I recently started a small personal project (RGB value to BGR value conversion program) in C, and I realised that a function that converts from RGB to BGR can not only perform the conversion but also the inversion. Obviously that means I don't really need two functions
bgr2rgb. However, does it matter whether I use a function pointer instead of a macro? For example:
int rgb2bgr (const int rgb); /* * Should I do this because it allows the compiler to issue * appropriate error messages using the proper function name, * not to mention possible debugging benefits? */ int (*bgr2rgb) (const int bgr) = rgb2bgr; /* * Or should I do this since it is merely a convenience * and they're really the same function anyway? */ #define bgr2rgb(bgr) (rgb2bgr (bgr))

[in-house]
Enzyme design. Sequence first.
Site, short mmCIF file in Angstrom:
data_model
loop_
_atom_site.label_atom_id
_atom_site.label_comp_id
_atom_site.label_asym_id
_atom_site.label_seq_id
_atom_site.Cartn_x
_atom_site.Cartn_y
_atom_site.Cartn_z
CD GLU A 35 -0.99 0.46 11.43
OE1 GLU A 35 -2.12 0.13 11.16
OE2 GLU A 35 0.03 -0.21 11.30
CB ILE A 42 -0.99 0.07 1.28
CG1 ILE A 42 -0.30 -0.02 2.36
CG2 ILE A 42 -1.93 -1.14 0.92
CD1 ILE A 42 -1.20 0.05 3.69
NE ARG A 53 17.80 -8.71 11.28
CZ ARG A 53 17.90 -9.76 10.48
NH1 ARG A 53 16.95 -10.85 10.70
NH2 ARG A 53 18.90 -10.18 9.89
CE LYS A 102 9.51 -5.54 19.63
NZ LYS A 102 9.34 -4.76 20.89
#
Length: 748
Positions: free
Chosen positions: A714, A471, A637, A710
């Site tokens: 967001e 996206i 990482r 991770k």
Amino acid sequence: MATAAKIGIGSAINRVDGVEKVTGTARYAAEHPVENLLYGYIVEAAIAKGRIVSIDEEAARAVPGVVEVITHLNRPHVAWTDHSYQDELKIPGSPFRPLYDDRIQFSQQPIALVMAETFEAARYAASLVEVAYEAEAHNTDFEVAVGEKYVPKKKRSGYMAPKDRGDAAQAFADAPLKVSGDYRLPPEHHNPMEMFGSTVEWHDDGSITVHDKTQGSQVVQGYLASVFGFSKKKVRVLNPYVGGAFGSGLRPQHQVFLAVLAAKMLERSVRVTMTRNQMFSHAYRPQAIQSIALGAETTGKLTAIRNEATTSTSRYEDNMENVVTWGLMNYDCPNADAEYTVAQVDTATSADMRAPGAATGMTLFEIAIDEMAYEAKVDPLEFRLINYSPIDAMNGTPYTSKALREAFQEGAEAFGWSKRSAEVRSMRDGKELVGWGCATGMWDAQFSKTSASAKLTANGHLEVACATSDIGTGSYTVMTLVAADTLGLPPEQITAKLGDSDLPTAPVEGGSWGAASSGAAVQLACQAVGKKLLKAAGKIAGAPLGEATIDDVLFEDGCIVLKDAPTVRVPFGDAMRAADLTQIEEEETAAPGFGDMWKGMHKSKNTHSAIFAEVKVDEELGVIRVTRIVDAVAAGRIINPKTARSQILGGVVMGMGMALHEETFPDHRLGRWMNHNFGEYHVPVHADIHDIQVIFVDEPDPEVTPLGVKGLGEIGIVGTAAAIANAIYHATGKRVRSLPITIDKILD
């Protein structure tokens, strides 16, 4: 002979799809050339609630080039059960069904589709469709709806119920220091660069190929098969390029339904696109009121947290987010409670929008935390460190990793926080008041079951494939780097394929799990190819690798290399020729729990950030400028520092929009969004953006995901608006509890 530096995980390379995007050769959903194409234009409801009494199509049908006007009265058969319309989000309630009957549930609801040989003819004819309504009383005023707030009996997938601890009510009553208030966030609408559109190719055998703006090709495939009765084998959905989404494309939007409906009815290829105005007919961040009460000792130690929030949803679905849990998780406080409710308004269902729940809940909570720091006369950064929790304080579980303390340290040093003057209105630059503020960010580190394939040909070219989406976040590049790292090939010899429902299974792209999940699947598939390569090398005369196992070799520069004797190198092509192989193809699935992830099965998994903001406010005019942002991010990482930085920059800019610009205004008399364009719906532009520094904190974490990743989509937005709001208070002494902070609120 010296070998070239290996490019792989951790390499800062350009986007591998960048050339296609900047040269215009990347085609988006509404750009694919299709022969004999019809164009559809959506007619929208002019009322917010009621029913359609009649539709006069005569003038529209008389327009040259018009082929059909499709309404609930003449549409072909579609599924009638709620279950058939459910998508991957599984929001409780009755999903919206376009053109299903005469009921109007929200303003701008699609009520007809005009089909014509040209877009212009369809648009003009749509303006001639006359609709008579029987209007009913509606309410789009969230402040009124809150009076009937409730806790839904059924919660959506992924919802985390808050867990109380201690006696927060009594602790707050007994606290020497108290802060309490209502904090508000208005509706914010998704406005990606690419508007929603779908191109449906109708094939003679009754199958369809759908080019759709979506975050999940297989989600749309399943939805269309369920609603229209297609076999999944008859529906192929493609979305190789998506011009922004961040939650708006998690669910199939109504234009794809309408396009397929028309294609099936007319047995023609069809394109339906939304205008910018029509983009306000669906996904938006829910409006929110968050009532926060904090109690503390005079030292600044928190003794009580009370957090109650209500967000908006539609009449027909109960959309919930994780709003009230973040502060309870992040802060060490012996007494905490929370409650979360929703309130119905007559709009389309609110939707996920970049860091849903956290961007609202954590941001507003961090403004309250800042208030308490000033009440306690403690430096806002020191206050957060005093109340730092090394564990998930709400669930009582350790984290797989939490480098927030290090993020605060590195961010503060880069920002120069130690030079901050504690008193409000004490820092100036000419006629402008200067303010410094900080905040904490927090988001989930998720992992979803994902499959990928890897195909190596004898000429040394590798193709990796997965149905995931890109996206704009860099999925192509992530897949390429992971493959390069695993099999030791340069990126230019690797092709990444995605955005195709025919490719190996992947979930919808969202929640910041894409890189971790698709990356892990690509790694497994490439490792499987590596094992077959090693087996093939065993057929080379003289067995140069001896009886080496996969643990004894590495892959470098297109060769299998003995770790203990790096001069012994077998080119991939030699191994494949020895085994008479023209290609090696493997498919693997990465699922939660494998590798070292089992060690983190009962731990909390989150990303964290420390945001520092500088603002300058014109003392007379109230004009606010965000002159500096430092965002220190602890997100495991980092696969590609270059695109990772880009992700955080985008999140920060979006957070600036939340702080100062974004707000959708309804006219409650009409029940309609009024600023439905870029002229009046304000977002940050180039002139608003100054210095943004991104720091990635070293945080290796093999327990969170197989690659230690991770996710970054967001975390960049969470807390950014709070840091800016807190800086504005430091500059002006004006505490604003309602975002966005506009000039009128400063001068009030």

I'm not necessarily looking for a change in execution efficiency as it's more of a subjective question out of curiosity. I am well aware of the fact that type safety is neither lost nor gained using either method. Would the function pointer merely be a convenience or are there more practical benefits to be gained of which I am unaware?